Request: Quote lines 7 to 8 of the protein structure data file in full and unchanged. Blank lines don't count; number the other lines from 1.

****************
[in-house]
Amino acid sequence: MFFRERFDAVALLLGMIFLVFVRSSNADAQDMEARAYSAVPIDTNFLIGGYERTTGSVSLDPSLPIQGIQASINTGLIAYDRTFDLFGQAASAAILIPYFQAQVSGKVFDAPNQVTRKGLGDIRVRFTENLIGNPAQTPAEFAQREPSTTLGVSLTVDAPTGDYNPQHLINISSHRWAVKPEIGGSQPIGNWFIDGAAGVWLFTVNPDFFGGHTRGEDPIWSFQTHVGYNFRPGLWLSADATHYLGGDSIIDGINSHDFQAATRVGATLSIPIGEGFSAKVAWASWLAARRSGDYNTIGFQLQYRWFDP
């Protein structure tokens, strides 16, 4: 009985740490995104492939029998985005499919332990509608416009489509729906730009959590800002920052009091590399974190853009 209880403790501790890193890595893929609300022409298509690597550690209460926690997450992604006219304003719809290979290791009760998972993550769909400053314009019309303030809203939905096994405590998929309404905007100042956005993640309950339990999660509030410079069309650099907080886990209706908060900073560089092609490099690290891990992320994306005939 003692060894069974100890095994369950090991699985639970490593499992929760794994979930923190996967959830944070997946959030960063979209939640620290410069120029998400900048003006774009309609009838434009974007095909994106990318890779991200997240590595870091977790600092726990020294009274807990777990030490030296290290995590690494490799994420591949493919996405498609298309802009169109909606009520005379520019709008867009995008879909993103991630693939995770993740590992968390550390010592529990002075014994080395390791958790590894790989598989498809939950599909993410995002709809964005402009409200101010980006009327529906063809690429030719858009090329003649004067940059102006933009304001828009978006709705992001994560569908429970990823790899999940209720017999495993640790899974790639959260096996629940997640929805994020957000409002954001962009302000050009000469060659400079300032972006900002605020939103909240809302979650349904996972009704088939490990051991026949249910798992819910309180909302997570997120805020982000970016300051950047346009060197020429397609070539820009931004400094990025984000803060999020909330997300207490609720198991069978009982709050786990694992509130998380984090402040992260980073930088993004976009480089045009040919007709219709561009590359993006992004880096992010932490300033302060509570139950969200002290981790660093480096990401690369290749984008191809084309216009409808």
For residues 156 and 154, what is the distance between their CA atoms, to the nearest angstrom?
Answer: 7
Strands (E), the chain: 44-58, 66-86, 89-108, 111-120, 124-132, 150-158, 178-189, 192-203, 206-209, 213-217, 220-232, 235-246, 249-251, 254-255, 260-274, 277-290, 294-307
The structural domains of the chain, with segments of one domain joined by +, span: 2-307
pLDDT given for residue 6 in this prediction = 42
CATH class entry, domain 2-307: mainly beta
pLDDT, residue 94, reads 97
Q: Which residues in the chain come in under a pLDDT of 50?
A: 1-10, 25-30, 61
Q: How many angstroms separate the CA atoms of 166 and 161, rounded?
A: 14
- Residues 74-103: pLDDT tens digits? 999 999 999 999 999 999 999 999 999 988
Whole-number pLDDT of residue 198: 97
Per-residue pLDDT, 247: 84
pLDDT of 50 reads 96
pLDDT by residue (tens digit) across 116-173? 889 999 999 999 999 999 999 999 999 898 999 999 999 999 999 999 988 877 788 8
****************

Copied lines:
The structural domains of the chain, with segments of one domain joined by +, span: 2-307
pLDDT given for residue 6 in this prediction = 42